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Before Midnight

2013 | 109 min | R | 1.85:1

Before Midnight


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Theatrical release date

 24 May, 2013
 21 June, 2013

Country of origin

 United States

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Before Midnight


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Before Midnight Preview  

 / 10
Preview by Brian Orndorf, June 6, 2013

“Before Midnight” represents the next stage of development for the Richard Linklater-directed series, which wasn’t truly intended to be a string of movies in the first place. With 1995’s “Before Sunrise” and 2004’s “Before Sunset,” Linklater, along with star Ethan Hawke and Julie Delpy, crafted loquacious inspections of the human heart, studying the development of a tentative relationship as it grew from flirtation to promises, from loss to love. Now the topic is marriage and all its pitfalls and challenges, returning to the once springy lovers nearly two decades after they first met on a European train. True to form, Linklater doesn’t rock the boat with this second sequel, embarking on a familiar odyssey of conversation, personal inventory, and brutal honesty.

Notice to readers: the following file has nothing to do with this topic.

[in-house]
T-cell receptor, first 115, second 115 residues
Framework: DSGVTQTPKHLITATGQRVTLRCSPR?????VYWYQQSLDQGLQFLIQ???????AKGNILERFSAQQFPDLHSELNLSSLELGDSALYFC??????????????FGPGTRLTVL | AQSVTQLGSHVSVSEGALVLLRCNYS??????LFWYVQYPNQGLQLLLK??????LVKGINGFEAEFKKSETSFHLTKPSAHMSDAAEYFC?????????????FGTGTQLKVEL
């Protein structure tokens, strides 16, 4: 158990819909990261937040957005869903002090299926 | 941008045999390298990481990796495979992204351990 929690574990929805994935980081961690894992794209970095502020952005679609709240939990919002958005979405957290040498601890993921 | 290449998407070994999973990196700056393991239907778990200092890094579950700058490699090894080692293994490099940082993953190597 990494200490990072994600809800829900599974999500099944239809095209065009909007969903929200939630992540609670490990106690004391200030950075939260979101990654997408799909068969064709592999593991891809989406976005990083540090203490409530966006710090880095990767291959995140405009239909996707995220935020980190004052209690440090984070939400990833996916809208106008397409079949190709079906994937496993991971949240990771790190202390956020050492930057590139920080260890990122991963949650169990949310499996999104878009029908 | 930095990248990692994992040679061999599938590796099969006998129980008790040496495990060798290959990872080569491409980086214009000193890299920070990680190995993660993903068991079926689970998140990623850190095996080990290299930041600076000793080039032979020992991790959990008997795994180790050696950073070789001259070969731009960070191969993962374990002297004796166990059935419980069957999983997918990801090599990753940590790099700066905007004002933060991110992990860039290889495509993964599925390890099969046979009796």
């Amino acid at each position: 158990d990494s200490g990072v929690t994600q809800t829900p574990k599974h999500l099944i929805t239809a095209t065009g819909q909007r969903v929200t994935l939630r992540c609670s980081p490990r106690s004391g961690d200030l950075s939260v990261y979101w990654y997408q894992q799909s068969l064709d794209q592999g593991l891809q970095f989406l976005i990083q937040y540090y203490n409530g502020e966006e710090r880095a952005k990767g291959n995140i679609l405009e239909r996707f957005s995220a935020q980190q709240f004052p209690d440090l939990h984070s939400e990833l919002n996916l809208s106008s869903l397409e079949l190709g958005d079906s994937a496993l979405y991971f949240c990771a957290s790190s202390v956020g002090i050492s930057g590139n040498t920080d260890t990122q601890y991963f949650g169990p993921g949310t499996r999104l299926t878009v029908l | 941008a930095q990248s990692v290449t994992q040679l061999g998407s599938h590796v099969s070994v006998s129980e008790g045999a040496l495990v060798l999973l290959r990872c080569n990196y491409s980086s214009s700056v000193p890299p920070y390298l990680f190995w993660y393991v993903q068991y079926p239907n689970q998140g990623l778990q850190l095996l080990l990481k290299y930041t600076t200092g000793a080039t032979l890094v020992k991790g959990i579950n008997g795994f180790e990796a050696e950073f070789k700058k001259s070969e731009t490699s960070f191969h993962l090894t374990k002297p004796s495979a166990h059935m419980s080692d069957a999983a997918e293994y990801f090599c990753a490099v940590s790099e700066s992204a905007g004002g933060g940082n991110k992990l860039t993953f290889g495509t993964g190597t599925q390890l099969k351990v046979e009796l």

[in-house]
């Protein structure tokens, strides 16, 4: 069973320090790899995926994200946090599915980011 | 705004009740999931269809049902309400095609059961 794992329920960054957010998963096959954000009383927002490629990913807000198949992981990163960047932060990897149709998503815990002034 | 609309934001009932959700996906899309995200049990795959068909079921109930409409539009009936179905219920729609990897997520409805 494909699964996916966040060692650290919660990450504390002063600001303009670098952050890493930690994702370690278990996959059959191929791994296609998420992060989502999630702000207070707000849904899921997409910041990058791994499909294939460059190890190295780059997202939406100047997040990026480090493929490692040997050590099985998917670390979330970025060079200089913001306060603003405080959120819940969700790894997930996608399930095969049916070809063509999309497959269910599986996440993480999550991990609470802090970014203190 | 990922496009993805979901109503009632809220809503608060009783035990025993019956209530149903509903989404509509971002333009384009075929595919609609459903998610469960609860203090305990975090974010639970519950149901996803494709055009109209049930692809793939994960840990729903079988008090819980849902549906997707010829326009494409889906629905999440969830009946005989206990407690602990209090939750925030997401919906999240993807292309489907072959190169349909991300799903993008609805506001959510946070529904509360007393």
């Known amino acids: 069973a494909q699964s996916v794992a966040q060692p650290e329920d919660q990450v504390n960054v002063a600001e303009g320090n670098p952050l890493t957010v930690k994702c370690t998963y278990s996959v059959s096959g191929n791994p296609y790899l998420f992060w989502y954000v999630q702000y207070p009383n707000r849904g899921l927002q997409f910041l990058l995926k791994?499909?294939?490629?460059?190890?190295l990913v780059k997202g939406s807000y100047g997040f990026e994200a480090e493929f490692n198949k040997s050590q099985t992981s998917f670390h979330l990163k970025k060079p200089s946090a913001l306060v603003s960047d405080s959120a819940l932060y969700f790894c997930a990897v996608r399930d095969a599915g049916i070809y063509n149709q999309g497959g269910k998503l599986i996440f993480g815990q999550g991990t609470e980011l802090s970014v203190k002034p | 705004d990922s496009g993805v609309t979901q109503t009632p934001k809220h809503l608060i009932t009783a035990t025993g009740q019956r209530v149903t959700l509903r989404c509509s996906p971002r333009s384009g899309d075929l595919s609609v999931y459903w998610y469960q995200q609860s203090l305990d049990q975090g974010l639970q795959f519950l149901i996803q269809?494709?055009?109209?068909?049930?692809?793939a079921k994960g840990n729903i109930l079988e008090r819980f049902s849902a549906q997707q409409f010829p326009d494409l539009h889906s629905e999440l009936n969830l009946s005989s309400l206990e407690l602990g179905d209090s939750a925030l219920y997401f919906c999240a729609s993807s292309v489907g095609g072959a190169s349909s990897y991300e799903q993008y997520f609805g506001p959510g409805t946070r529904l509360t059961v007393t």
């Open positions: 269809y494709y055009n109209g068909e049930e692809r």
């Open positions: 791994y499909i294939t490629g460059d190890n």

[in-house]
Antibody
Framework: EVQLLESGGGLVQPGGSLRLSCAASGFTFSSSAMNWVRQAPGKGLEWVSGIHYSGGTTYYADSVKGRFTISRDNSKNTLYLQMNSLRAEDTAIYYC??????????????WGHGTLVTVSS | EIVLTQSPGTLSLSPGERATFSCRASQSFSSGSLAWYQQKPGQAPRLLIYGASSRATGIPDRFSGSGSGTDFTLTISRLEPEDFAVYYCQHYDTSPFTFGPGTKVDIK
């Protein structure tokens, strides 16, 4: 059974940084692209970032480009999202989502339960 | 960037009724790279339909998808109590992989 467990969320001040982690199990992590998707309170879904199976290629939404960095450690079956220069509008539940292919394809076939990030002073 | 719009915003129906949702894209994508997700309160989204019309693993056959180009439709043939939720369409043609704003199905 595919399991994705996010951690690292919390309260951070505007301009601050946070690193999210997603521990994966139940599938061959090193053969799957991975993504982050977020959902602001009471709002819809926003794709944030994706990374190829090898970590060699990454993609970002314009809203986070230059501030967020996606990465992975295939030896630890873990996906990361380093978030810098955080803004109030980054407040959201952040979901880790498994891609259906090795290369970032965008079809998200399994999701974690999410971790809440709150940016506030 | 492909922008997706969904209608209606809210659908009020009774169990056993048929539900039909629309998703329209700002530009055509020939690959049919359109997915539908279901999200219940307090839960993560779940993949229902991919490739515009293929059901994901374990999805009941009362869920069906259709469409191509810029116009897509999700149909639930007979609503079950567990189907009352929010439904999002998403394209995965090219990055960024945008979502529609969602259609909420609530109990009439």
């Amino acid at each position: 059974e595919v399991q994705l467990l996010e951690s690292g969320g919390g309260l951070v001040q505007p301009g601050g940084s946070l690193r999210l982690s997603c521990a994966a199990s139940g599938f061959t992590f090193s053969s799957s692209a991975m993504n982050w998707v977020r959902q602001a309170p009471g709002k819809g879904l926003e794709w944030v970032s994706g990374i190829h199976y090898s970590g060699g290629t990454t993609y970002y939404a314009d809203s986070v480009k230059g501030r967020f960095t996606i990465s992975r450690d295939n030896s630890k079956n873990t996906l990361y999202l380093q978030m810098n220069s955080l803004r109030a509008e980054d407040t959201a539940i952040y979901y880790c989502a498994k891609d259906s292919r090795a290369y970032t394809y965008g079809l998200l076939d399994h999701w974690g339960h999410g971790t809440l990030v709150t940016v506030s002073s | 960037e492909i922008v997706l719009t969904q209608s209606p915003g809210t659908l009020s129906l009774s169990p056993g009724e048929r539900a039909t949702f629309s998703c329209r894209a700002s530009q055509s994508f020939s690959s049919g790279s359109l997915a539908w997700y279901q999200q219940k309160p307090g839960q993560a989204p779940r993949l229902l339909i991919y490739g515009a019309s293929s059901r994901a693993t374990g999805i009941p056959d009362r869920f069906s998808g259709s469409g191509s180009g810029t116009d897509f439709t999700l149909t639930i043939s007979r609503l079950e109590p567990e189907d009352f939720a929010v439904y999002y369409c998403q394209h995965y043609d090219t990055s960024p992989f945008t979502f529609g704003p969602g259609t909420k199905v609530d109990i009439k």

Nine years after Jesse (Ethan Hawke) decided to skip a crucial flight that would reunite him with his family, the successful author is now married to Celine (Julie Delpy) and a father to a set of twin girls. Facing bitter struggles with his ex-wife, Jesse is conflicted about the joint custody arrangement with son Hank (Seamus Davey-Fitzpatrick), who’s in Chicago while the writer makes his home in Paris. On a summer trip to Greece, Jesse and Celine attempt to rekindle their careworn relationship, meeting up with friends on an exquisite island getaway. Unfortunately, the stress of unsettled relationships and professional opportunities have placed strain on Jesse and Celine’s romantic union, finding the pair confronted with a dark reality of separation as their idyllic retreat turns into a nasty bout of couples therapy, purging their secrets and fears to each other in a vitriolic manner previously unthinkable.

The “Before” trilogy touches on the excitement of love, the trial of commitment, and fear of the future, but truly these movies are primarily an excuse for the production to enjoy the art of conversation. Scripted by the Hawke, Delpy, and Linklater, the pictures embrace a common breathlessness, a thirst for articulation that’s a rare thing in cinema. It’s a searching sense of dialogue that connects on philosophical, existential, and emotional levels, with most, if not all of the characters offered a chance to pour their souls onto to celluloid (or I suppose a hard drive these days), discussing whatever rockets into their brain. “Before Midnight” continues the verbal assault, though for this installment, the new car smell of attraction has worn off for Celine and Jesse, catching up with the lovers as they face the commitment blues, each struggling with their place in marriage and parenthood as a Greek excursion turns into a minefield of pent-up hostility that slowly leaks into this particular day of domestic rejuvenation.